Newswise — January is National Glaucoma Awareness Month, an important time to spread the word about this sight-stealing disease.
Currently, more than 3 million people in the United States have glaucoma. The National Eye Institute projects this number will reach 4.2 million by 2030, a 58 percent increase.
Glaucoma is called "the sneak thief of sight" since there are no symptoms and once vision is lost, it's permanent. As much as 40% of vision can be lost without a person noticing.
Glaucoma is the leading cause of preventable blindness. Moreover, among African American and Latino populations, glaucoma is more prevalent. Glaucoma is 6 to 8 times more common in African Americans than Caucasians.
Over 3 million Americans, and over 60 million people worldwide, have glaucoma. Experts estimate that half of them don’t know they have it. Combined with our aging population, we can see an epidemic of blindness looming if we don’t raise awareness about the importance of regular eye examinations to preserve vision. The World Health Organization estimates that 4.5 million people worldwide are blind due to glaucoma. In the United States, approximately 120,000 are blind from glaucoma, accounting for 9% to 12% of all cases of blindness.
Help Raise AwarenessHere are three ways you can help raise awareness:1. Talk to friends and family about glaucoma. If you have glaucoma, don’t keep it a secret. Let your family members know.2. Refer a friend to our web site, www.glaucoma.org.3. Request to have a free educational booklet sent to you or a friend.4. Get involved in your community through fundraisers, information sessions, group discussions, inviting expert speakers, and more.
Be sure to share information about glaucoma with your friends and family.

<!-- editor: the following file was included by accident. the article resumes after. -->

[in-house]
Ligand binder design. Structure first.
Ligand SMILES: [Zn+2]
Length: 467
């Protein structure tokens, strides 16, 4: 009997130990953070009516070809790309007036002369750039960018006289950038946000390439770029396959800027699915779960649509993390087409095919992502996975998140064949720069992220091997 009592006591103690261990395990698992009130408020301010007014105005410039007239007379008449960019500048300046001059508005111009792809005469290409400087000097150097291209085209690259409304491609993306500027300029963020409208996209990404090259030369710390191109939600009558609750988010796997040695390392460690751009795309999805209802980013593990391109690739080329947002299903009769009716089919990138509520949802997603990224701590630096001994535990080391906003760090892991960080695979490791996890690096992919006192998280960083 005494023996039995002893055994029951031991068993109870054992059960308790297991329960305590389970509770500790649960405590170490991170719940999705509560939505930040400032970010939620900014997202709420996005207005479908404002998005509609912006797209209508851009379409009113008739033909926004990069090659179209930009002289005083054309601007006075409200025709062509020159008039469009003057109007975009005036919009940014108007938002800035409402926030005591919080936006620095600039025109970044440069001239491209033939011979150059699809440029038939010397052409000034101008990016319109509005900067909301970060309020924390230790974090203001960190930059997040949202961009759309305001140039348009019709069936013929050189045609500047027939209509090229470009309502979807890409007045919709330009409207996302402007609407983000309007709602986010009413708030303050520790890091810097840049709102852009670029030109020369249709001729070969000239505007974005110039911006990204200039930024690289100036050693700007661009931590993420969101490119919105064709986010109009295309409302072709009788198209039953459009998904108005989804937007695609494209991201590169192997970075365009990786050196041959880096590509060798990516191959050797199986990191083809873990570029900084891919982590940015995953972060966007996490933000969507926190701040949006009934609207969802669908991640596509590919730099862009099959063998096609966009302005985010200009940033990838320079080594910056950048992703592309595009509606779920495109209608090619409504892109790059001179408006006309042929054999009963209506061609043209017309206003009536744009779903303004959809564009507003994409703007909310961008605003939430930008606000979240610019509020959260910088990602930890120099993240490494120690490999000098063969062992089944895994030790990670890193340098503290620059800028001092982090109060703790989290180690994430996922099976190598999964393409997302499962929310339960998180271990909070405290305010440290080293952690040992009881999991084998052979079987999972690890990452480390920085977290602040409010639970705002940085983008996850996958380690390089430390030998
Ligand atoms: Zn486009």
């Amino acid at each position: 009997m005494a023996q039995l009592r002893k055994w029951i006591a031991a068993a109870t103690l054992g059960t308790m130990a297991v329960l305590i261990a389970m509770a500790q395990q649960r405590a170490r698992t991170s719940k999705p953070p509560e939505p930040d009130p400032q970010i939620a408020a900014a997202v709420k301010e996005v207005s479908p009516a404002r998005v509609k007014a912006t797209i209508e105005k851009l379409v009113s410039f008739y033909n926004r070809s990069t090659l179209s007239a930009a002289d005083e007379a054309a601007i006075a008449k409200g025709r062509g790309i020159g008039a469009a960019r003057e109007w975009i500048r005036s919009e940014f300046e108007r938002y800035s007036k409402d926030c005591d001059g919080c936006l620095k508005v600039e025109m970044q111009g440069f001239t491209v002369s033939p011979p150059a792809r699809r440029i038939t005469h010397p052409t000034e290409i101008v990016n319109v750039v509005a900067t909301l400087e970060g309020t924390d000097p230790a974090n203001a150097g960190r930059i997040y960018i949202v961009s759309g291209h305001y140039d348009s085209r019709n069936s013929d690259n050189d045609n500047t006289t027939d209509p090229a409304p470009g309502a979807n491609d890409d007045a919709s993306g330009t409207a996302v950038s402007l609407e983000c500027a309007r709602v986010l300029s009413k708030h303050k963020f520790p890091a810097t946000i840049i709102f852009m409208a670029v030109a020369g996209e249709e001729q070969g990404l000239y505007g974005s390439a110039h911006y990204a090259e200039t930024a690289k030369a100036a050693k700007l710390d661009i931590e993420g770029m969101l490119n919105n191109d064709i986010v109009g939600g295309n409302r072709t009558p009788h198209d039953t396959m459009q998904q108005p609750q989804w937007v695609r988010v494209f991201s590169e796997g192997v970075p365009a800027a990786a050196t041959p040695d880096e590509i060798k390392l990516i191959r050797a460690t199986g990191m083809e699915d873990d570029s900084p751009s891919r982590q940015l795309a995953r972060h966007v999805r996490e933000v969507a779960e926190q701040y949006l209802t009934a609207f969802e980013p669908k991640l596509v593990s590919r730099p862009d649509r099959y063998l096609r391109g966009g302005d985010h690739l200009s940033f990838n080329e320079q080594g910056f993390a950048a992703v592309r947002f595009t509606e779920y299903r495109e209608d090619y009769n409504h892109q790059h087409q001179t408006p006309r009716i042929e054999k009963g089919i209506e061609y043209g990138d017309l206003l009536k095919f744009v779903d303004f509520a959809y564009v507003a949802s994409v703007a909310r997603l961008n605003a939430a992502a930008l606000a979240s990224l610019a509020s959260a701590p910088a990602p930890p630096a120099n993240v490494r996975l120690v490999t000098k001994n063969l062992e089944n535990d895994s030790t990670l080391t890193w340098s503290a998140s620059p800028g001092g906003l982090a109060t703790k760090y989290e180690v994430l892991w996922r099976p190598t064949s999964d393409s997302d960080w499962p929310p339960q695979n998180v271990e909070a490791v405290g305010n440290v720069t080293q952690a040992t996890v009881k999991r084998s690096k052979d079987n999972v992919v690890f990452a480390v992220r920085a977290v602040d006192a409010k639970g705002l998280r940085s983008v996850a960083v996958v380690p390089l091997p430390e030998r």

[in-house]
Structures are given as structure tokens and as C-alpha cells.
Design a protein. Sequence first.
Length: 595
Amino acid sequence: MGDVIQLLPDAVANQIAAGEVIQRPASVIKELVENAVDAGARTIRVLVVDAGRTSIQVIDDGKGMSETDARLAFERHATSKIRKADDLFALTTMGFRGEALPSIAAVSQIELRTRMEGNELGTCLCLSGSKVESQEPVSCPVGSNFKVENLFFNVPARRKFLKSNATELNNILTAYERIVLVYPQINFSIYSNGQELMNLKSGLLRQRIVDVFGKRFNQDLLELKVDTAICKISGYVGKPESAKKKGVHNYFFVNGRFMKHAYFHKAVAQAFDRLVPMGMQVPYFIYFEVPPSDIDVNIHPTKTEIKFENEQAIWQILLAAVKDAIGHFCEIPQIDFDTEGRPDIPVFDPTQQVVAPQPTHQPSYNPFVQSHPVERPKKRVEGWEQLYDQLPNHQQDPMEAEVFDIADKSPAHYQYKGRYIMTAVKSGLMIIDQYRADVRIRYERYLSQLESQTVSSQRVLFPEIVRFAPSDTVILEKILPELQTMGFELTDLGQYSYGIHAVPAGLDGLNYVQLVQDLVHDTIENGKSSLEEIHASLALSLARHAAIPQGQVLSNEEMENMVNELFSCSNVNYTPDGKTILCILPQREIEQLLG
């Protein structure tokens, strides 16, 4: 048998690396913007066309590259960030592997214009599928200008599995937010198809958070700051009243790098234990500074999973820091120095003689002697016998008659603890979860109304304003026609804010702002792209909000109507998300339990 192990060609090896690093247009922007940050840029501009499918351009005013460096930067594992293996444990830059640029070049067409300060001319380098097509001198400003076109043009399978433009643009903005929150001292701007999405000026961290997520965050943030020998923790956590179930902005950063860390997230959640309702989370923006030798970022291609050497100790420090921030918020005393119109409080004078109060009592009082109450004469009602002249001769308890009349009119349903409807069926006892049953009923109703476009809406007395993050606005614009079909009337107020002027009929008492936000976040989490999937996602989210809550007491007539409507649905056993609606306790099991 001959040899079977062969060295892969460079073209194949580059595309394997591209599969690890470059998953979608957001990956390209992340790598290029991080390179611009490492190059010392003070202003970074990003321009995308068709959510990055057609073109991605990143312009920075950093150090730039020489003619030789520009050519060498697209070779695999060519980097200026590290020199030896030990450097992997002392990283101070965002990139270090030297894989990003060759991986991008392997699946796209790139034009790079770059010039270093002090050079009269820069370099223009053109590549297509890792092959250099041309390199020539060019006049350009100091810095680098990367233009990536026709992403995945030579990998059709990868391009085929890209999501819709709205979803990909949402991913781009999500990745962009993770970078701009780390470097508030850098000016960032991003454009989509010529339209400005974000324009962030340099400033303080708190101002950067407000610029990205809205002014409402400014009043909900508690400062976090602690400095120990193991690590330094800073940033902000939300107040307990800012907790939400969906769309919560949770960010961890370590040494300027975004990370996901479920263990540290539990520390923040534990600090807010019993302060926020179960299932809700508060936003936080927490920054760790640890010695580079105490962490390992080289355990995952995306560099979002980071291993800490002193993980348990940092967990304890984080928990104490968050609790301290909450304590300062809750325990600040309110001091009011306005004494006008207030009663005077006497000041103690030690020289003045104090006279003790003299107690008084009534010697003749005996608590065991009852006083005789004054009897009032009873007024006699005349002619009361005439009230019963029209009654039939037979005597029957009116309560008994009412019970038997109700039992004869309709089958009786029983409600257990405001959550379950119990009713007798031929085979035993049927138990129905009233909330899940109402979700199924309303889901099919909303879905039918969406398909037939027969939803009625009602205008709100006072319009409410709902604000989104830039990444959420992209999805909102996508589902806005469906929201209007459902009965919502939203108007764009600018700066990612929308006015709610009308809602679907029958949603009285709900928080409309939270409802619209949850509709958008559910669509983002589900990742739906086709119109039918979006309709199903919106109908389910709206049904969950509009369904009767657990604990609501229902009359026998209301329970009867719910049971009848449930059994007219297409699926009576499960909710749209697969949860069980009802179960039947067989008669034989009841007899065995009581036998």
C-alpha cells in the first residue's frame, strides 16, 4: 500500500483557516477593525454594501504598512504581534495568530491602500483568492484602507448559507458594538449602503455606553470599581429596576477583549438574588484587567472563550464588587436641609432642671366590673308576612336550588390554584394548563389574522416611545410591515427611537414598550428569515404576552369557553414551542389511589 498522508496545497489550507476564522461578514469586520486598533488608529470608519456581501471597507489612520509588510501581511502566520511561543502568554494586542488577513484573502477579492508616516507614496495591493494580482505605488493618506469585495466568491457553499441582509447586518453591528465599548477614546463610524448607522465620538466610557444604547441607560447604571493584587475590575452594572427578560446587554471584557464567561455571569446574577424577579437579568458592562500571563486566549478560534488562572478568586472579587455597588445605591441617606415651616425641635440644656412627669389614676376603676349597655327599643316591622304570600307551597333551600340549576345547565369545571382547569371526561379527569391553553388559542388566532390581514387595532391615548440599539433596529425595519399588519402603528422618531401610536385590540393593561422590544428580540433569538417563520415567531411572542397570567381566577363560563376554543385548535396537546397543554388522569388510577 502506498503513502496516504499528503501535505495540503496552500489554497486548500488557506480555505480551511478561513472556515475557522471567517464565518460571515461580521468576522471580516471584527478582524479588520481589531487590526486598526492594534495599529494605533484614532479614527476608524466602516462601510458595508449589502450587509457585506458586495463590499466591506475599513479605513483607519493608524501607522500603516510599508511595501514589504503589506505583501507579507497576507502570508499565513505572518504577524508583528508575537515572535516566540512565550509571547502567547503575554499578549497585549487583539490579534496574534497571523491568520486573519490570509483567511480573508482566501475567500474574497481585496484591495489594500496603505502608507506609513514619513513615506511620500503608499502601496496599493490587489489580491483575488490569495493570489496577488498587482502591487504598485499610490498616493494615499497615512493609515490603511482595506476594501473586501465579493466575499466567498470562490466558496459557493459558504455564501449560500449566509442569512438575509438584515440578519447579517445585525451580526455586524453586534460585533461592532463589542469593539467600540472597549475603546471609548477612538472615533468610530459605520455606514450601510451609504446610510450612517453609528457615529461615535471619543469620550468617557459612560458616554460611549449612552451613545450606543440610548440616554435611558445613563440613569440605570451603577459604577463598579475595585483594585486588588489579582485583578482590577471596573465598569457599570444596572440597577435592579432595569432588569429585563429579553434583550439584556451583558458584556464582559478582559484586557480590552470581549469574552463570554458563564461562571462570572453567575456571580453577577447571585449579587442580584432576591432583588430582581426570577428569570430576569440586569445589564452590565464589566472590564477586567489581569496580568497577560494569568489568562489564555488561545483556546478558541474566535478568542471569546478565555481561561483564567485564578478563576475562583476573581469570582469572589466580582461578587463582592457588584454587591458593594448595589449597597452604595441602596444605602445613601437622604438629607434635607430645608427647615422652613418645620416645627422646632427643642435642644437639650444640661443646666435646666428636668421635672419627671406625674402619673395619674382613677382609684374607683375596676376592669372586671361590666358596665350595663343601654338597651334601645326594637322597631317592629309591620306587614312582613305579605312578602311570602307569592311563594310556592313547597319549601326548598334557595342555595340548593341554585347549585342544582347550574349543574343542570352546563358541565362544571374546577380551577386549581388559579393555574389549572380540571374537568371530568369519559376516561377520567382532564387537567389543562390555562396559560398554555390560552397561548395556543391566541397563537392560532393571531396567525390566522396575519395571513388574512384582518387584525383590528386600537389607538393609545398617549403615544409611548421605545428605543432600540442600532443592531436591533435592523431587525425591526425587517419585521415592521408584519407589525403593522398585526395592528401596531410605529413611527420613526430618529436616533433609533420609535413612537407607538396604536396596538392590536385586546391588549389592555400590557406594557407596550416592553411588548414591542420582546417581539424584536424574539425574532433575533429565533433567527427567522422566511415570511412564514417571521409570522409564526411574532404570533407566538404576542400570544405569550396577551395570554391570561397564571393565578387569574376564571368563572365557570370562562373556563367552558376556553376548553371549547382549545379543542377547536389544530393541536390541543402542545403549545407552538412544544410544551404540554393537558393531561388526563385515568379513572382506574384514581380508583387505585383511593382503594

What is Glaucoma?Glaucoma is a group of eye diseases that gradually steal sight without warning. Although the most common forms primarily affect the middle-aged and the elderly, glaucoma can affect people of all ages.
Vision loss is caused by damage to the optic nerve. This nerve acts like an electric cable with over a million wires. It is responsible for carrying images from the eye to the brain.
There is no cure for glaucoma — yet. However, medication or surgery can slow or prevent further vision loss. The appropriate treatment depends upon the type of glaucoma among other factors. Early detection is vital to stopping the progress of the disease.
Types of GlaucomaThere are two main types of glaucoma: primary open-angle glaucoma (POAG), and angle-closure glaucoma. These are marked by an increase of intraocular pressure (IOP), or pressure inside the eye. When optic nerve damage has occurred despite a normal IOP, this is called normal tension glaucoma.
Secondary glaucoma refers to any case in which another disease causes or contributes to increased eye pressure, resulting in optic nerve damage and vision loss.
Regular Eye Exams Are ImportantGlaucoma is the second leading cause of blindness in the world, according to the World Health Organization. In the most common form of glaucoma, there are virtually no symptoms. Vision loss begins with peripheral or side vision, so if you have glaucoma, you may not notice anything until significant vision is lost.
The best way to protect your sight from glaucoma is to get a comprehensive eye examination. Then, if you have glaucoma, treatment can begin immediately.
Glaucoma is the leading cause of blindness among African-Americans. And among Hispanics in older age groups, the risk of glaucoma is nearly as high as that for African-Americans. Also, siblings of persons diagnosed with glaucoma have a significantly increased risk of having glaucoma.
Risk FactorsAre you at risk for glaucoma? Those at higher risk include people of African, Asian, and Hispanic descent. Other high-risk groups include: people over 60, family members of those already diagnosed, diabetics, and people who are severely nearsighted. Regular eye exams are especially important for those at higher risk for glaucoma, and may help to prevent unnecessary vision loss.
About Glaucoma Research FoundationFounded in San Francisco in 1978, Glaucoma Research Foundation is America’s oldest and most experienced nonprofit organization dedicated solely to its mission: Preventing vision loss from glaucoma by investing in innovative research, education and support with the ultimate goal of finding a cure. Glaucoma Research Foundation has a proven track record of innovative, results-oriented research and produces definitive educational materials used by eye care professionals across the United States. The Glaucoma Research Foundation website, www.glaucoma.org, provides valuable information about glaucoma to 4 million visitors annually.